Romney woos Florida early vote; Obama eyes NH

October 27, 2012 11:53:33 PM

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PENSACOLA, Fla. -- Juggling politics and storm preparations, Mitt Romney dangled a plea for bipartisanship before early voters in Florida on Saturday as Barack Obama worked to nail down tiny New Hampshire's four electoral votes. Both campaigns scrambled to steer clear of a most unlikely October surprise, a superstorm barreling up the East Coast. 

 

With just 10 days left in an extraordinarily tight race, Hurricane Sandy had both campaigns ripping up carefully mapped-out itineraries as they worked to maximize voter turnout and avoid any suggestion that they were putting politics ahead of public safety. 

 

The campaigns pressed every possible angle in search of advantage -- even paying attention to punctuation. 

 

Obama's campaign signs for months have said: "Forward." Now they say: "Forward!"  

 

Romney, who has been striking a more moderate tone as he courts women and independents in the campaign's home stretch, campaigned across Florida with a pledge to "build bridges" with the other party. 

 

He coupled that message with digs at Obama for "shrinking from the magnitude of the times" and advancing an agenda that lacks vision. Noting that Obama supporters like to chant "four more years" at the president's campaign rallies, Romney picked up on his crowd's own chant at the Pensacola Civic Center and said: "I like '10 more days' a lot better." 

 

His warm-up act was more biting: Sen. Marco Rubio, R-Fla., told the crowd that Obama was advancing "the ideas of countries that people come here to get away from." Pressed later on what countries he was referring to, Rubio said, "any big-government country in the world" and specifically referred to Mexico and Latin America.  

 

Obama hauled his campaign to New Hampshire, where he told volunteers at a Teamsters hall in Manchester that: "We don't know how this thing is going to play out. These four electoral voters right here could make all the difference." 

 

It takes 270 electoral votes to win the election. Obama is ahead in states and the District of Columbia representing 237 electoral votes; Romney has a comfortable lead in states with 191 electoral votes. The rest lie in nine contested states that are too close to call, New Hampshire among them.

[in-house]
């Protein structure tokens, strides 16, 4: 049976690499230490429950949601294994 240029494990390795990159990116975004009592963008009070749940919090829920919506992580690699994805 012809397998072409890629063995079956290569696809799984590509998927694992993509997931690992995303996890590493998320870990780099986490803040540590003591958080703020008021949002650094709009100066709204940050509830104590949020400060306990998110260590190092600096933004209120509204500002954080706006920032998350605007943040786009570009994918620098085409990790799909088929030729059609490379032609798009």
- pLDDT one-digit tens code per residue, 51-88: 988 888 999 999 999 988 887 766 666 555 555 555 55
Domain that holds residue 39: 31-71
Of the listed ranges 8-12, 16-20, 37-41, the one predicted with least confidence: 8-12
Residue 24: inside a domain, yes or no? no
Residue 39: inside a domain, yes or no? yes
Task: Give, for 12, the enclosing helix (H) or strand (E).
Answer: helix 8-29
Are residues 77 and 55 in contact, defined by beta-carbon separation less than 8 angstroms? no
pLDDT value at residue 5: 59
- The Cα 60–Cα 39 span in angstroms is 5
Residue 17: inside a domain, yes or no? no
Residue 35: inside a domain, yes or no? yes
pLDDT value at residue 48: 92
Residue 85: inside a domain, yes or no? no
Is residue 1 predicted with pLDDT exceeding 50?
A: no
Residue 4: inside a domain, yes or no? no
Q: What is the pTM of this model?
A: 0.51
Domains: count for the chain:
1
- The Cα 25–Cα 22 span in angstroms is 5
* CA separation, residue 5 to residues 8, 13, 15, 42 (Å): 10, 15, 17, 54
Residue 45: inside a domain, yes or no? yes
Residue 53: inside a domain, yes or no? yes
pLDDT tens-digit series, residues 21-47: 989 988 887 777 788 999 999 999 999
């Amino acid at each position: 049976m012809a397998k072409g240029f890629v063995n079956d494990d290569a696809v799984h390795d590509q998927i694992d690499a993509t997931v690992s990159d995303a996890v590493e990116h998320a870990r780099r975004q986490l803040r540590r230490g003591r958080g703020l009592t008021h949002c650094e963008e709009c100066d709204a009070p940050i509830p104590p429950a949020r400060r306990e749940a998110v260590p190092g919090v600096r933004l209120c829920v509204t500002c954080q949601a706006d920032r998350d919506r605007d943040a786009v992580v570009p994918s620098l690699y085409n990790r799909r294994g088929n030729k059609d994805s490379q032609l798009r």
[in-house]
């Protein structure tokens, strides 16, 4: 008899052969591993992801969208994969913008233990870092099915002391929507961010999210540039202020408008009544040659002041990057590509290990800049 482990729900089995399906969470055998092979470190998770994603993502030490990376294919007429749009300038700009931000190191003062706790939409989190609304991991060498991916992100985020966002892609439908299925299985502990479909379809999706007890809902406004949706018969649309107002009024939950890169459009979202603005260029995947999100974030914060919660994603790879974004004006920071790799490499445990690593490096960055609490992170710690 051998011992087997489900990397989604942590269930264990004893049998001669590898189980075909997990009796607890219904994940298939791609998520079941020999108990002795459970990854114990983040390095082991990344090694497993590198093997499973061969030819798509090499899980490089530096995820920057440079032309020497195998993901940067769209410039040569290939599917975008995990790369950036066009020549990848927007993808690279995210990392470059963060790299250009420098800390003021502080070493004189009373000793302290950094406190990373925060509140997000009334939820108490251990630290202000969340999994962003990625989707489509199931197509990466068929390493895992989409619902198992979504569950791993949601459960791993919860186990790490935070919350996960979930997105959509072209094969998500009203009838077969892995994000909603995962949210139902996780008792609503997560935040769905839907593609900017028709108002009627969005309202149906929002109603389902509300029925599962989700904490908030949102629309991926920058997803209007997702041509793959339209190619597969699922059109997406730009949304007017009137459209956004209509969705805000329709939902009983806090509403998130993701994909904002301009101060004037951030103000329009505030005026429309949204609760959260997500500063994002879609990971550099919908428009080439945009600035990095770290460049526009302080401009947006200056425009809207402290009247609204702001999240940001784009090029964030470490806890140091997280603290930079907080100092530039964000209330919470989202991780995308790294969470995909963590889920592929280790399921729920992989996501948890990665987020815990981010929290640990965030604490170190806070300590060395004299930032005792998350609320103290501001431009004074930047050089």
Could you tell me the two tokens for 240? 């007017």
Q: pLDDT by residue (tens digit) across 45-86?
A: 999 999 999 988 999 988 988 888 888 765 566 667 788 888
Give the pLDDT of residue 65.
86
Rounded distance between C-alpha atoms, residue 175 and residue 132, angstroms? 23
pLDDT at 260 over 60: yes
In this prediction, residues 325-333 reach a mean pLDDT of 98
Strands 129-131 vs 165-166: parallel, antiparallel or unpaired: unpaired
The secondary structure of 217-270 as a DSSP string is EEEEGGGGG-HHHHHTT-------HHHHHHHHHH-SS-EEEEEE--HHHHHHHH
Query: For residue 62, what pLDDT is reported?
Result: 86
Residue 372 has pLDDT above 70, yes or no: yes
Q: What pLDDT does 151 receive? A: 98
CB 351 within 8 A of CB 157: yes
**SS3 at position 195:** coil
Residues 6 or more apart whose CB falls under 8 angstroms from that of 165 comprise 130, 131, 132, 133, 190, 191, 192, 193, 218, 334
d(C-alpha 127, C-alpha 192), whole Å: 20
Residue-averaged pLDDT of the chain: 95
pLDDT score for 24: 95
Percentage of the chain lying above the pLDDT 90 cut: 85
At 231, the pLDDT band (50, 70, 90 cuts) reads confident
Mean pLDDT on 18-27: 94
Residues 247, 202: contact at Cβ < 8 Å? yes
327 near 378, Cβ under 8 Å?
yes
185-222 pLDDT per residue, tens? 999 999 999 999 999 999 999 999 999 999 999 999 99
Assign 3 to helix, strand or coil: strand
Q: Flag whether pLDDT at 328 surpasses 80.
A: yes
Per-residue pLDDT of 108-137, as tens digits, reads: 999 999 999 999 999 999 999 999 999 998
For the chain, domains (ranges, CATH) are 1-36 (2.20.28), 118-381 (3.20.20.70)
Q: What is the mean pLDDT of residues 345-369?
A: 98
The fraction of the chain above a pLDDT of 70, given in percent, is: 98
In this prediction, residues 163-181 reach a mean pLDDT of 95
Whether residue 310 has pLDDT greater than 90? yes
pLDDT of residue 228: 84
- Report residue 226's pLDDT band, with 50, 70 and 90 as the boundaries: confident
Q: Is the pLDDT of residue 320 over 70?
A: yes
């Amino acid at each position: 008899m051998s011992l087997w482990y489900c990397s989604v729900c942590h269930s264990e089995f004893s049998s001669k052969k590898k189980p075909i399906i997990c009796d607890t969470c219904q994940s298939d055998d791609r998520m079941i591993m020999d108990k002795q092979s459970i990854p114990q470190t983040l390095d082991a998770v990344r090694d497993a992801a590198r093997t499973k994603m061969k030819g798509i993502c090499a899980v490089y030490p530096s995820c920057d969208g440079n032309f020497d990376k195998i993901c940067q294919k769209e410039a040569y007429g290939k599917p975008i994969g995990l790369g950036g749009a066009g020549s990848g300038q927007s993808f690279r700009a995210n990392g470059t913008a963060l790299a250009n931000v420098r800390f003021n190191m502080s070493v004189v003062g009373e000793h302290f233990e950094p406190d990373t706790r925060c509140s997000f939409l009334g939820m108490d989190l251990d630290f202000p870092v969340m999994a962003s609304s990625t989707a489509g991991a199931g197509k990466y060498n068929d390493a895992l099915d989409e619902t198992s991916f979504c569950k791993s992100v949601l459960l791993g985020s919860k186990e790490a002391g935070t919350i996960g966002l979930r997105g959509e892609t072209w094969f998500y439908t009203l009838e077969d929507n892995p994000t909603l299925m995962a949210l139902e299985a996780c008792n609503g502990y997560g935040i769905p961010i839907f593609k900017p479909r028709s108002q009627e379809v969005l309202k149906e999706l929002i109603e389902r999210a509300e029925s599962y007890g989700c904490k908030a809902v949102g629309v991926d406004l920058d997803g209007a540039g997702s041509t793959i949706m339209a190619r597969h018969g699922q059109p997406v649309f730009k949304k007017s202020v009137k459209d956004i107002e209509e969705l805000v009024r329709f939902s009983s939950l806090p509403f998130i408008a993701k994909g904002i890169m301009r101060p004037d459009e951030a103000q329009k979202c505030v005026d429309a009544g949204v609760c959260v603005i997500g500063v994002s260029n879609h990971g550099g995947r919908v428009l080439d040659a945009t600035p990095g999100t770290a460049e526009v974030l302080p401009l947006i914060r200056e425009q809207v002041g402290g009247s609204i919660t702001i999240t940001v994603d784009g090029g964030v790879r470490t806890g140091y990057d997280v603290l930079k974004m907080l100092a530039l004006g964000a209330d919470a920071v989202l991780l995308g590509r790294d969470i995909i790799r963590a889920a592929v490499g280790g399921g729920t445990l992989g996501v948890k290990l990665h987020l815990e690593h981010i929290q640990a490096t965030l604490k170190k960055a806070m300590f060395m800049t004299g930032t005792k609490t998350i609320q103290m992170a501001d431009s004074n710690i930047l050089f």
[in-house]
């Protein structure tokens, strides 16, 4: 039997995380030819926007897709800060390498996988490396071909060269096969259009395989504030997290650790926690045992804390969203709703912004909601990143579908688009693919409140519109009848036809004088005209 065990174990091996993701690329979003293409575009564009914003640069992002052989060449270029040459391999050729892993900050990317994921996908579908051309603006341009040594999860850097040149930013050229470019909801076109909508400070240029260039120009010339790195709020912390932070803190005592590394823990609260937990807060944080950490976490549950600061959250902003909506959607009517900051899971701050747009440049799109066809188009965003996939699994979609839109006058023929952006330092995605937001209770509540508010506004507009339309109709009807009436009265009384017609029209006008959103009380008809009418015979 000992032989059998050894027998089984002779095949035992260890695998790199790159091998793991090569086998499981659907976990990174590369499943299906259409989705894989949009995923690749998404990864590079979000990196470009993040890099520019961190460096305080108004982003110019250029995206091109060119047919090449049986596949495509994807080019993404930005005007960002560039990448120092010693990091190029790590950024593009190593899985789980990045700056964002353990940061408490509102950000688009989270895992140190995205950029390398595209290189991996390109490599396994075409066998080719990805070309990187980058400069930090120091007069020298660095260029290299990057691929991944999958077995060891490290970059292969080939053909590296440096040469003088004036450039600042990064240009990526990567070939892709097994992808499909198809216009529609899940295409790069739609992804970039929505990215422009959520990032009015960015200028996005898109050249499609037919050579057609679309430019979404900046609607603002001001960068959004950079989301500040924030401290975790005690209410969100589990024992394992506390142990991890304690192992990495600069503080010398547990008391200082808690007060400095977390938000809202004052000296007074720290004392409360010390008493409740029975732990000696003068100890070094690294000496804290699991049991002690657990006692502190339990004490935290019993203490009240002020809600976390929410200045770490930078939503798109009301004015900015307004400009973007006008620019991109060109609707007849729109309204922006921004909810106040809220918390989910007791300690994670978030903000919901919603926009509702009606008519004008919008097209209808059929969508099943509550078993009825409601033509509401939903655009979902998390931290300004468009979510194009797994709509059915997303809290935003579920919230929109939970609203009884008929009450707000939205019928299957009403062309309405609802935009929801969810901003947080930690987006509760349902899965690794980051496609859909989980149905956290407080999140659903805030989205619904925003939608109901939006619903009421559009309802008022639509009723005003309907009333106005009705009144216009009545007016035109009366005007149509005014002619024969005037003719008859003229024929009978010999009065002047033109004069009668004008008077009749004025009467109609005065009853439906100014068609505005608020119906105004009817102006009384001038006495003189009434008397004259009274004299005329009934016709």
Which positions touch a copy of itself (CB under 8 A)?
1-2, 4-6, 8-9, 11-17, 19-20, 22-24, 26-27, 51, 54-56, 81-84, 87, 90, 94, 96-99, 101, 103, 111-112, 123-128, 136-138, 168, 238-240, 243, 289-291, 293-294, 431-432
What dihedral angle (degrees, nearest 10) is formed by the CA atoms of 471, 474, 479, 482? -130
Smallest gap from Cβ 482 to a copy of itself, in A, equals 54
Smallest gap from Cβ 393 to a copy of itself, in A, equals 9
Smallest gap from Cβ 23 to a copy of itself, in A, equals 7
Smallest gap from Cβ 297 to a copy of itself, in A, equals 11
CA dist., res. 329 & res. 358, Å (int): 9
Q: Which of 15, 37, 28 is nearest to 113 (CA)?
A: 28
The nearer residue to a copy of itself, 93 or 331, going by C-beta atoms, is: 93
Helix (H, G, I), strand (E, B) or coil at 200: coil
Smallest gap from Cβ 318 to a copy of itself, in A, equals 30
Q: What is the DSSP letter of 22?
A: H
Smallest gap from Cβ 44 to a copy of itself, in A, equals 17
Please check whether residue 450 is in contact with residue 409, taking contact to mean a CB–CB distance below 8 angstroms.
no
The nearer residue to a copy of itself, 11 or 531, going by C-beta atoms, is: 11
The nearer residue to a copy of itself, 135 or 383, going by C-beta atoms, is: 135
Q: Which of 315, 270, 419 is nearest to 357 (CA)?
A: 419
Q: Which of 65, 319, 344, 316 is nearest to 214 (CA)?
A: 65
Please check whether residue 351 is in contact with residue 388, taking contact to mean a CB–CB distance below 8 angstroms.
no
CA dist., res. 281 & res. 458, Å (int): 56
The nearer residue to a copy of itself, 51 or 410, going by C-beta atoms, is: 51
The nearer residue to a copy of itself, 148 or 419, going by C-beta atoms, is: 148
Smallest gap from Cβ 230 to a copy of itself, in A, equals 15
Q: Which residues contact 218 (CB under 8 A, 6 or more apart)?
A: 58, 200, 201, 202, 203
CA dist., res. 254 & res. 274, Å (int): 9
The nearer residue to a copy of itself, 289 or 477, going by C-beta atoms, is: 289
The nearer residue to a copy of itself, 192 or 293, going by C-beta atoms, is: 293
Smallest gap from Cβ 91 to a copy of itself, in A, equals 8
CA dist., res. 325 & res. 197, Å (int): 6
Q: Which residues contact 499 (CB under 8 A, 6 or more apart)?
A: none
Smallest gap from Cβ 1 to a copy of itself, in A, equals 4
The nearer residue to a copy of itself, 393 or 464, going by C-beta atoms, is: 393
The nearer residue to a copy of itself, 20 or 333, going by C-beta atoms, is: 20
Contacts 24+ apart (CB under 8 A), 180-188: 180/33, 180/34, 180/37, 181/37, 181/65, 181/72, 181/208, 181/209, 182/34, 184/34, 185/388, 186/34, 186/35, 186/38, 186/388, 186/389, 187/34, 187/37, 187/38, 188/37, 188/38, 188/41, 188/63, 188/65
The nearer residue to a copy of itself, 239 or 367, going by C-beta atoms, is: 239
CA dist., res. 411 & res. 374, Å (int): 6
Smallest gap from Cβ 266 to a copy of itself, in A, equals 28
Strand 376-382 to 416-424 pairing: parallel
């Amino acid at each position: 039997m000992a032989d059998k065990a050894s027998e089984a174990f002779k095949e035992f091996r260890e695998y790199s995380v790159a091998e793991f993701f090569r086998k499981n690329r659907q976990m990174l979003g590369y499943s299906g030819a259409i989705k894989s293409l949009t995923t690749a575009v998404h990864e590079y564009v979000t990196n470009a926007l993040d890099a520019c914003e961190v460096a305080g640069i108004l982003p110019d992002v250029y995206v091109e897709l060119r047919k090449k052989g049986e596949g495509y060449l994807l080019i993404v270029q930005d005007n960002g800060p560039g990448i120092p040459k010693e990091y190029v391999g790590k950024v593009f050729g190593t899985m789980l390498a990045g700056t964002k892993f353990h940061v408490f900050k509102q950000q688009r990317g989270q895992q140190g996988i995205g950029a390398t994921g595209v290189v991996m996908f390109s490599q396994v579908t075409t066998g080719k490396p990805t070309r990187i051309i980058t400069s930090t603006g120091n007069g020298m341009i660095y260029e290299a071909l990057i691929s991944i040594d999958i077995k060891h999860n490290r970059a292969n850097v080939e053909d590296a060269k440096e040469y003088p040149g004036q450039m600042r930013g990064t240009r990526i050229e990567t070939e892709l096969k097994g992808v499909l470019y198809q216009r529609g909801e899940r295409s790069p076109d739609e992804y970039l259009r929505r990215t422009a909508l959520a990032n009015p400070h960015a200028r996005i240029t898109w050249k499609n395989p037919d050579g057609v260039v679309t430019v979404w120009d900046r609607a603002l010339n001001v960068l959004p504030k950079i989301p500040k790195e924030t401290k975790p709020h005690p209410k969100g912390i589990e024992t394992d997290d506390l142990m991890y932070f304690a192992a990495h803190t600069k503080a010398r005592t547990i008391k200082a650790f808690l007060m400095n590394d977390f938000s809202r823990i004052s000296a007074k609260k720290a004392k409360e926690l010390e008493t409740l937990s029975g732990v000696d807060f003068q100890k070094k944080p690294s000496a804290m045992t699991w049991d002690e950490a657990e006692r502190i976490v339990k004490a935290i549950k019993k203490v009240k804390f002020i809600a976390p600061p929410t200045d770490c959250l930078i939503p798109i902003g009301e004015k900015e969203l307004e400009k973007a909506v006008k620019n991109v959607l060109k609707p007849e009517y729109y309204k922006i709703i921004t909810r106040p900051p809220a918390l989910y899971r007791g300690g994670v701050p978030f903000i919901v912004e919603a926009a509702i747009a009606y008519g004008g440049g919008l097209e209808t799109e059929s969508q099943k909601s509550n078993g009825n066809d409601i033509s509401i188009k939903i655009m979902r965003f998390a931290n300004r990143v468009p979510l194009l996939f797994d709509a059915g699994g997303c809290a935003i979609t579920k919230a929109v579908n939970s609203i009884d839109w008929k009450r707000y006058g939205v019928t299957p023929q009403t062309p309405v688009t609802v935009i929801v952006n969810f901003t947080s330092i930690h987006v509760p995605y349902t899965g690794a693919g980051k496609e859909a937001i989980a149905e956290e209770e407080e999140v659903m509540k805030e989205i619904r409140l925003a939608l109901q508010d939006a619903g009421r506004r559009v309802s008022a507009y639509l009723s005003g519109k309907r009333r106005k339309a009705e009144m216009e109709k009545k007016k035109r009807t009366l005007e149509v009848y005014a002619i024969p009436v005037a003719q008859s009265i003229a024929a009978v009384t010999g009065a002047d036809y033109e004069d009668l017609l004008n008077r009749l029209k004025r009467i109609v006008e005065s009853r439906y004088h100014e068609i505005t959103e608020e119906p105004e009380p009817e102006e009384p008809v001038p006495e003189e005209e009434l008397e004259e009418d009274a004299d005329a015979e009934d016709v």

The president adjusted his campaign speech at a Nashua rally to appeal to voters in low-tax New Hampshire, hammering Romney for raising taxes and fees as governor of neighboring Massachusetts.  

 

Obama accused Romney of running in Massachusetts on a pledge to lower taxes, then making life more expensive for the middle class after taking office. 

 

"All he's offering is a big rerun of the same policies," Obama told a crowd of 8,500 gathered at an outdoor rally on an unseasonably warm October day.  

 

The president said Romney even raised fees in Massachusetts on obtaining a birth certificate, "which would have been expensive for me." It was a veiled reference to opponents of the president who have incorrectly said he was born outside the United States. Copies of his birth certificate have been in high demand.  

 

The candidates worked to lock down every possible early vote without intruding on emergency preparations as the storm's expected track looked to affect at least four battleground states: North Carolina, Virginia, Ohio and New Hampshire.  

 

Romney scrapped plans to campaign in Virginia today, and switched his schedule for the day to Ohio. At a rally in Kissimee, Fla., he urged supporters to keep those in the storm's path "in your mind and in your hearts."